Friday, February 5, 2010

Added Value

I have been listing some stamps in my store at http://stamped.ecrater.com and doing a little research about the stamps as I usually do. As I stated before I am not an expert and I do think I should have something interesting to state about each stamp. But that's another subject. As I was doing my research I found out something I wasn't expecting.

I had several stamps where the price of the stamp was written in a strange manner. Well, at least in a manner I was not used to seing on stamps. They would have the amount written as an addition. Take a look at the picture on the left (the commemorative Turkish postage stamp for the 100th anniversary of the foundation of the Red Crescent). See what I mean? 60+10 kuruĊŸ.

It turns out these kinds of stamps are called an added value stamp. At least that is the closest I can translate it as. What the added amount (like the +10 at the end) is about is a donation taken from people who buy the stamps in order to donate it to humanitarian causes. In this case the Turkish Postal Services was collecting the money to donate it to two separate humanitarian aid organizations: the Red Crescent and the Child Protection Services. The Red Crescent would get 75% of the collected amount (that is the added value, the +10 portion of the stamp price) and the Child Protection Services received the remaining 25%.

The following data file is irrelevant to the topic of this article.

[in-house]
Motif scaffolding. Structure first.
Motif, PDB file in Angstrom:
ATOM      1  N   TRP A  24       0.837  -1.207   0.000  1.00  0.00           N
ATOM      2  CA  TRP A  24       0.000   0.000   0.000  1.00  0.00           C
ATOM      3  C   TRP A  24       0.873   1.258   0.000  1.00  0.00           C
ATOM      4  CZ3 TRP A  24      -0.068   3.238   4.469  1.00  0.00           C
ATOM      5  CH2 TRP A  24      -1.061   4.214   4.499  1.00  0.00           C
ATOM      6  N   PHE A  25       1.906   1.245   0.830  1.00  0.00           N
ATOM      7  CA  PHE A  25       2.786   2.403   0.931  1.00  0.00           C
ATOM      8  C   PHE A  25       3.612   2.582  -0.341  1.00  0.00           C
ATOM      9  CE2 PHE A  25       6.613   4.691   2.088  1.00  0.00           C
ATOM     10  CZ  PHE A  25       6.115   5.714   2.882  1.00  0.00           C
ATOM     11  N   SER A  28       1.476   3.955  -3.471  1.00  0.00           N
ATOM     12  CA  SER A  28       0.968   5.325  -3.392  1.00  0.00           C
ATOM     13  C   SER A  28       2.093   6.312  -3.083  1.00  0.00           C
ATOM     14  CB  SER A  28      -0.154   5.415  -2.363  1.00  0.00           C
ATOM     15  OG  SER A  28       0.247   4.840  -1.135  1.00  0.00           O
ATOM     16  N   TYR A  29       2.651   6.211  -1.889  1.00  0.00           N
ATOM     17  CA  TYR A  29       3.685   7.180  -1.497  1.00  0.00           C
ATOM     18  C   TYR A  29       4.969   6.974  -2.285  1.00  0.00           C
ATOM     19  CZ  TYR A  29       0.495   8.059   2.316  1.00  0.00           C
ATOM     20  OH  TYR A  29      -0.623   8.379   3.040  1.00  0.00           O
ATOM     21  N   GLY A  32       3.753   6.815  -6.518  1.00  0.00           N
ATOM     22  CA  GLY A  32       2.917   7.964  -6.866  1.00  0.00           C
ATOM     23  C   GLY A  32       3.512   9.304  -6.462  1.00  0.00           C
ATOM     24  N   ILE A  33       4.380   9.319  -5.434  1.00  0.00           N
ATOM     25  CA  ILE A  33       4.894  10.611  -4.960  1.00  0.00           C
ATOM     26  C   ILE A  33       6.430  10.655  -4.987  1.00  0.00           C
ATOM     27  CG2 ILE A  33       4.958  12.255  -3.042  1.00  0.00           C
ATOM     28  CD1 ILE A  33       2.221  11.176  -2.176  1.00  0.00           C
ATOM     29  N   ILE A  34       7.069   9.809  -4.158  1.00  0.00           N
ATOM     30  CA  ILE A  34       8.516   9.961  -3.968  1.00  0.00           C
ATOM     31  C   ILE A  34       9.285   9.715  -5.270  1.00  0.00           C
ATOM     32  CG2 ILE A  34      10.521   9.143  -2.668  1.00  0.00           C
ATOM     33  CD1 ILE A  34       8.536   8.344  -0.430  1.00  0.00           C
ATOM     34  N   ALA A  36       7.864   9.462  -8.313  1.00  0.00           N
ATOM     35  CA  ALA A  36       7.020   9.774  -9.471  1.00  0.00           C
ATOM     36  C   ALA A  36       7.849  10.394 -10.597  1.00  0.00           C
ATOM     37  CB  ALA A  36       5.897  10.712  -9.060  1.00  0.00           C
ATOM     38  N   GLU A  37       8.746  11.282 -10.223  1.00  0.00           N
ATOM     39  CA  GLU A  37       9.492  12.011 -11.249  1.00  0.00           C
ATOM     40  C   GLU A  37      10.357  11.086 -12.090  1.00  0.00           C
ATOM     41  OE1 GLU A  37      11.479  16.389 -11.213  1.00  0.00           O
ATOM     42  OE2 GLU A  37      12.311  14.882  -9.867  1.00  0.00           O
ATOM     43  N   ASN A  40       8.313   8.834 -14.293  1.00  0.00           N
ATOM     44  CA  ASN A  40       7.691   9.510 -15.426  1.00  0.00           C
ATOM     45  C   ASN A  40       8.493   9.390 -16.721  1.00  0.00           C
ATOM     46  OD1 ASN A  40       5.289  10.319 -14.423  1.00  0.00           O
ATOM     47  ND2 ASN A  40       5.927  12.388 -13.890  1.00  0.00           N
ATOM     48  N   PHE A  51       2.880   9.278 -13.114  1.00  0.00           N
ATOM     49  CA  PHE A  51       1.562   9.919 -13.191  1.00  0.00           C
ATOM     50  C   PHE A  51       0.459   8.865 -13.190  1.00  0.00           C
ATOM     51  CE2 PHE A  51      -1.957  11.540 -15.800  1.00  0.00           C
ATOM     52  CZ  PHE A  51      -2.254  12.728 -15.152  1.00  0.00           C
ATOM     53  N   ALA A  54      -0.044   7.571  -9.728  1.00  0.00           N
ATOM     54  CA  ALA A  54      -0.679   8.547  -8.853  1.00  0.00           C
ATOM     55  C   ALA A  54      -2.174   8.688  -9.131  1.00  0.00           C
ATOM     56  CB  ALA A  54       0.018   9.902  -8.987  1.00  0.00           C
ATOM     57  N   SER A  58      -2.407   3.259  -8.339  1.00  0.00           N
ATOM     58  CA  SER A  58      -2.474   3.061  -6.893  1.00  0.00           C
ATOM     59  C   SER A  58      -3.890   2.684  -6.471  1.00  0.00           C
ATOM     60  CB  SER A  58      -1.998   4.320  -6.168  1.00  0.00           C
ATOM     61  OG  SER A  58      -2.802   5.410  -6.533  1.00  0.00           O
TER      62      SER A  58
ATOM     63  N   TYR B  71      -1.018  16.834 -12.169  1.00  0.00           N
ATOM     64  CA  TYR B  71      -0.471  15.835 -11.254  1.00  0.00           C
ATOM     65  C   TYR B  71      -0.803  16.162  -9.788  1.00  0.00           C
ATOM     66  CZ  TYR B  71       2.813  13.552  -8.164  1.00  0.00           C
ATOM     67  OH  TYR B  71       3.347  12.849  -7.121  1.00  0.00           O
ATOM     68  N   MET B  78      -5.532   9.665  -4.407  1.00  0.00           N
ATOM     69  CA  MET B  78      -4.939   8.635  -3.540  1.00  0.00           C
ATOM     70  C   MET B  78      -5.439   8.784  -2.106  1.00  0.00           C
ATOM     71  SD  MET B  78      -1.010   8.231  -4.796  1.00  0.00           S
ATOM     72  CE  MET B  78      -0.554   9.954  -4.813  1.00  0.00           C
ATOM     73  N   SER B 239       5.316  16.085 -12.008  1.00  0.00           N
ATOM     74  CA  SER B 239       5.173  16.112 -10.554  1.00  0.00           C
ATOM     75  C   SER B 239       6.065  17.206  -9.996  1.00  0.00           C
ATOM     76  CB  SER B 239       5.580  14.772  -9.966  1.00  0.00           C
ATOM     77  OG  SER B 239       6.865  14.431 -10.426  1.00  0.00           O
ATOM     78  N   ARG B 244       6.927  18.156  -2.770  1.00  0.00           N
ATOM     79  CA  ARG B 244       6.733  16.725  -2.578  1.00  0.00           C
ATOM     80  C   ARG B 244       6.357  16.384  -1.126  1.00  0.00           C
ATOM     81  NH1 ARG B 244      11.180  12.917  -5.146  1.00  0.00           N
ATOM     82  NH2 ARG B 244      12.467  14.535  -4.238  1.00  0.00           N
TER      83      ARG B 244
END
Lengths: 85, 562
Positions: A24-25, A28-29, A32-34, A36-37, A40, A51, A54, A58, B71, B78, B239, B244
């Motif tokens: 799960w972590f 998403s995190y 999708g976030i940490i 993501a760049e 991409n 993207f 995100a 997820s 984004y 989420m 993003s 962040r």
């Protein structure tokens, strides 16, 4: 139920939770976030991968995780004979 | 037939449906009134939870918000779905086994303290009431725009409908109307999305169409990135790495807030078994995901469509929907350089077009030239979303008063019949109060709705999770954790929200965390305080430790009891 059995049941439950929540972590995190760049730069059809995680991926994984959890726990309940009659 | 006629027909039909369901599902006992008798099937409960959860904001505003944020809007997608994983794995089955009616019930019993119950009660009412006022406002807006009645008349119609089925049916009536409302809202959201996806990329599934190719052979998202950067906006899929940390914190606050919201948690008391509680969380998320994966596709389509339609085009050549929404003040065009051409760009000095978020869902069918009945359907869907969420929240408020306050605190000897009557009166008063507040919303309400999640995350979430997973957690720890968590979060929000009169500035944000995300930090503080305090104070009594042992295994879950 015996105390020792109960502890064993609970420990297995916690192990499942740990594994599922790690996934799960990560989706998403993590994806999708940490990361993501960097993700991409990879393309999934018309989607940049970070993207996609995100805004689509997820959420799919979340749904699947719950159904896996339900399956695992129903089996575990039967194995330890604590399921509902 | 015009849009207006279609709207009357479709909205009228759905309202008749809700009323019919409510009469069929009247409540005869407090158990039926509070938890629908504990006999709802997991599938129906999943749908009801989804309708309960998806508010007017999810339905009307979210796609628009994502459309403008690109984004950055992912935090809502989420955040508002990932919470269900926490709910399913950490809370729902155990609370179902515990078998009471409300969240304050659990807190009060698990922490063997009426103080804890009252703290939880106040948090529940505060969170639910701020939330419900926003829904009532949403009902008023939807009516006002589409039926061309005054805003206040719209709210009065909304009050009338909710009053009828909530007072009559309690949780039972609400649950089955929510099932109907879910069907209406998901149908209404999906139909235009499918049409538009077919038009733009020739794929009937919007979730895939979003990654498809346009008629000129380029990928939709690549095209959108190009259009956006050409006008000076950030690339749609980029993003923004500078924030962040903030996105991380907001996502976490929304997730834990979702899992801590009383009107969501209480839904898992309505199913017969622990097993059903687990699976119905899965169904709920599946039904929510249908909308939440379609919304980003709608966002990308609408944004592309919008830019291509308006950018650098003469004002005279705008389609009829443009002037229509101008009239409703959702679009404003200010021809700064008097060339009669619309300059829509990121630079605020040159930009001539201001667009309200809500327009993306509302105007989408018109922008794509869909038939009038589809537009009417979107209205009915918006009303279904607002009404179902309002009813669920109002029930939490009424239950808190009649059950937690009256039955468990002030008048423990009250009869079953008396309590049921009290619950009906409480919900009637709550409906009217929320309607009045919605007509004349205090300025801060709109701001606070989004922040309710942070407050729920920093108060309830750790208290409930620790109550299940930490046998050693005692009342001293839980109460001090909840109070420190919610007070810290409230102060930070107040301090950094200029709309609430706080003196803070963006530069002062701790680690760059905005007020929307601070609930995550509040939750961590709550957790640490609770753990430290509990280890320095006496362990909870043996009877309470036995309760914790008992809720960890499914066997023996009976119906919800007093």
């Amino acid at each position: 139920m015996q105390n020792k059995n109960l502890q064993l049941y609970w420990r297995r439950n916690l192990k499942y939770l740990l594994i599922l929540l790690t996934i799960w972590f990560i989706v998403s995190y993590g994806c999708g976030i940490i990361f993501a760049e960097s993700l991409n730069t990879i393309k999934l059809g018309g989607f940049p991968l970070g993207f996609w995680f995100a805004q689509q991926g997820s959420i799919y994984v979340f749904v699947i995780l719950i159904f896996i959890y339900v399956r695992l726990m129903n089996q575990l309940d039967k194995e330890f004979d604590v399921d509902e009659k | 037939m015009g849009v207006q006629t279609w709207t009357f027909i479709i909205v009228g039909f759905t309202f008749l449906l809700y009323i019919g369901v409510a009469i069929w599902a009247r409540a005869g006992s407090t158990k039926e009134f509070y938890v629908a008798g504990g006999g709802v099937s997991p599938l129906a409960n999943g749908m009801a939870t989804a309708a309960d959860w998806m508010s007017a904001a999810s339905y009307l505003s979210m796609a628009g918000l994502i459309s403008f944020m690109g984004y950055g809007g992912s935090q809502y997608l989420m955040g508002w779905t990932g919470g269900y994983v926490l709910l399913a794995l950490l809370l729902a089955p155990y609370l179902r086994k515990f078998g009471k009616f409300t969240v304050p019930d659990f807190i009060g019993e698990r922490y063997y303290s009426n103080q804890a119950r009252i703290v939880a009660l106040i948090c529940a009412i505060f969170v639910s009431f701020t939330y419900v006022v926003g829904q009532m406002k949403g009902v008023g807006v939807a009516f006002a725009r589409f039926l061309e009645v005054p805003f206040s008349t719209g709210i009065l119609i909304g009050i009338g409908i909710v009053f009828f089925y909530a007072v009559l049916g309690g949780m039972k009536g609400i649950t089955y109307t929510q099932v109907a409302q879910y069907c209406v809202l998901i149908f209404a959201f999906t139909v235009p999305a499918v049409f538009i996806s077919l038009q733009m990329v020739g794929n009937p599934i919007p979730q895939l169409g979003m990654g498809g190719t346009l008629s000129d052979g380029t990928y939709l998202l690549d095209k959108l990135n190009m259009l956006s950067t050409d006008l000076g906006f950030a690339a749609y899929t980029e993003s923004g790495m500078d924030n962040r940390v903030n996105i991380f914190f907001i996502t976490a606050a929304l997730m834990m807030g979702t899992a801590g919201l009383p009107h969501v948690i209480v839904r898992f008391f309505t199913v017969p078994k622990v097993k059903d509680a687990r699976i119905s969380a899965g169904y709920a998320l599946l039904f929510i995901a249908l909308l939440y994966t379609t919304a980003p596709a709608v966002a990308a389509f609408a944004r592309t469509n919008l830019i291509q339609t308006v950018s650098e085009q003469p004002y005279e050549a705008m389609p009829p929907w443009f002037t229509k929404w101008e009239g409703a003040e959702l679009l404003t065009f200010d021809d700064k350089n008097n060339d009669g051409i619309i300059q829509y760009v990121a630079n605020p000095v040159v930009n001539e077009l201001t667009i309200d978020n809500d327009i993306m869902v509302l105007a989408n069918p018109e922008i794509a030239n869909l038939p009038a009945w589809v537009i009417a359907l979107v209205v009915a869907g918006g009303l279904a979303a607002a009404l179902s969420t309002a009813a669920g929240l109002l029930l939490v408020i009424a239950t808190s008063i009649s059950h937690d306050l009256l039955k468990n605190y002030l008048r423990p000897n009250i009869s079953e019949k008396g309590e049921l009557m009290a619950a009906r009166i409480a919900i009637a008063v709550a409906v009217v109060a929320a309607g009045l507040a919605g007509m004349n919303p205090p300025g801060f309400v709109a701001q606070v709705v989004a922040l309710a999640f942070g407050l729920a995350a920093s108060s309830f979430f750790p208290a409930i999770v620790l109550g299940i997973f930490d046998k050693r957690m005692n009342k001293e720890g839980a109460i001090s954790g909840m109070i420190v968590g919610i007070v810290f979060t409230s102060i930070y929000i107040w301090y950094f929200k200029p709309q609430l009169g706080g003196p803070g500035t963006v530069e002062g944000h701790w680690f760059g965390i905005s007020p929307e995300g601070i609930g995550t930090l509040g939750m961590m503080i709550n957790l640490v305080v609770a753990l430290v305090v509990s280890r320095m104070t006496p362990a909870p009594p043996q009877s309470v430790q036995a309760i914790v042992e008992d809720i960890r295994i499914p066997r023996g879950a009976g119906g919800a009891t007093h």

The Red Crescent is the organization that provides humanitarian aid in case of natural disasters and war. They provide temporary shelter, food, medical aid to victims. The Child Protection Services primarily takes care of orphans and in general helps children in need of help.

I discovered that Turkish Postal Services have been printing such stamps since 1958 twice a year. So not every stamp that came out had these added values. No wonder I have not noticed this before. They are not the most common. But even in 1981 they were printing such stamps (see the Turkish postage stamp printed in honor of 1981 International Year Of Disabled Persons declared as such by the United Nations.) I do suspect in this case however the probably donated the added value to help the disabled people rather than the other humanitarian causes. But that is just a guess on my part. Probably need me to look more into it.

In my search for more information I did discover another interesting factor relating to this subject. The first stamp they ever printed with added value was the Year of Katip Celebi Turkish Postage Stamp. The stamp was printed in September 4, 1958. And it turns out I have one of these stamps in my store:



It was fun to learn something new and discover the significance of one of the stamps I have.

Stamped
@
http://stamped.ecrater.com

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